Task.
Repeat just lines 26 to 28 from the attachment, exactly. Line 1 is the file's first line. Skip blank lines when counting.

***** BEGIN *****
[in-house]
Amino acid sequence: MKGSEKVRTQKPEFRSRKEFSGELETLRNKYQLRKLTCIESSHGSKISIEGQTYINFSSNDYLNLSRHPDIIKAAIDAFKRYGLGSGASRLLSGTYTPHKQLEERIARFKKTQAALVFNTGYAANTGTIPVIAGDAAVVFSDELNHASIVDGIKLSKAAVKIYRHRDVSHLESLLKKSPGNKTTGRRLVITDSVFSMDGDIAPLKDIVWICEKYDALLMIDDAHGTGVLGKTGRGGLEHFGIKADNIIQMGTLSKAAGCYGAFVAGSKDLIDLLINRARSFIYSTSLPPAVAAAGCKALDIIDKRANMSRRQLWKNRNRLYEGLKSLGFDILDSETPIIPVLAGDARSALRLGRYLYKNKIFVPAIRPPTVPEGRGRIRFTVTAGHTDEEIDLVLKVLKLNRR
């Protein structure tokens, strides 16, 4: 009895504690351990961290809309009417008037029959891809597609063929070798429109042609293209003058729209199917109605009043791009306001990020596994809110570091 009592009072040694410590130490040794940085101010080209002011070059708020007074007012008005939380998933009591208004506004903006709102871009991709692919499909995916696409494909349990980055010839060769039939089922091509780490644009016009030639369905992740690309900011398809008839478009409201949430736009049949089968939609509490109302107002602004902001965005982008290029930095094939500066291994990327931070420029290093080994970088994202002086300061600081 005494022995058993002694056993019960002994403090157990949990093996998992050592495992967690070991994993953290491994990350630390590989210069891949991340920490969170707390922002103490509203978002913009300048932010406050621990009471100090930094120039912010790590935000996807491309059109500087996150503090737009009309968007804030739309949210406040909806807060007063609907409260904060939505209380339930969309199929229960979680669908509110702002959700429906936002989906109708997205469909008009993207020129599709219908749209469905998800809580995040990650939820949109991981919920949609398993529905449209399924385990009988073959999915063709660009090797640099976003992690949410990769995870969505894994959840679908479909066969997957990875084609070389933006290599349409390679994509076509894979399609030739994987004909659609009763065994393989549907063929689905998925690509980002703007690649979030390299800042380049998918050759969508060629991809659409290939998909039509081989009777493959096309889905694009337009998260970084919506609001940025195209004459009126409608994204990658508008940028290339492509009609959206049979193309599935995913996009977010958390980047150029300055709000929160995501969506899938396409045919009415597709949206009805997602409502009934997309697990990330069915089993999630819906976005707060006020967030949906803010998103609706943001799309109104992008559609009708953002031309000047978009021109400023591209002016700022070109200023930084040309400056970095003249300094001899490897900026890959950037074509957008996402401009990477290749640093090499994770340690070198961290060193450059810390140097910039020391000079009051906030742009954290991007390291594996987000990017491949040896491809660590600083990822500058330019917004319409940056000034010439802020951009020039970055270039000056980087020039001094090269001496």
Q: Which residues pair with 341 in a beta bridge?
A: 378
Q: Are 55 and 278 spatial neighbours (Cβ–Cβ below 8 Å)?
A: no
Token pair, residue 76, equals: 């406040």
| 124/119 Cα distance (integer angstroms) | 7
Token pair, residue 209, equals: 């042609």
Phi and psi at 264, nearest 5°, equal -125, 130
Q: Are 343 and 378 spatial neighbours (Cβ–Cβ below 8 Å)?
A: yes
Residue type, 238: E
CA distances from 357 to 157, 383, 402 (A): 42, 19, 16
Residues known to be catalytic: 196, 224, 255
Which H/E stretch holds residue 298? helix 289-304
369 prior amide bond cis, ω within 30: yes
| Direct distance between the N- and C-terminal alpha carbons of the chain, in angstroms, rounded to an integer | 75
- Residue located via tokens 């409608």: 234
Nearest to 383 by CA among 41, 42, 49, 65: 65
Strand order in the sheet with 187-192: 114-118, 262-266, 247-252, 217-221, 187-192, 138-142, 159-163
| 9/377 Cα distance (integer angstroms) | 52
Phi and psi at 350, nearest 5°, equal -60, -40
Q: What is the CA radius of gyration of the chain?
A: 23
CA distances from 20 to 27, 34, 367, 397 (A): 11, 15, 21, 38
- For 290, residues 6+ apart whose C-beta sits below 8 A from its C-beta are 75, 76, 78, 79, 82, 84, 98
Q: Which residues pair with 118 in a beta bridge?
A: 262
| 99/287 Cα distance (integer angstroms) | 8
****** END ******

A: 23
CA distances from 20 to 27, 34, 367, 397 (A): 11, 15, 21, 38
- For 290, residues 6+ apart whose C-beta sits below 8 A from its C-beta are 75, 76, 78, 79, 82, 84, 98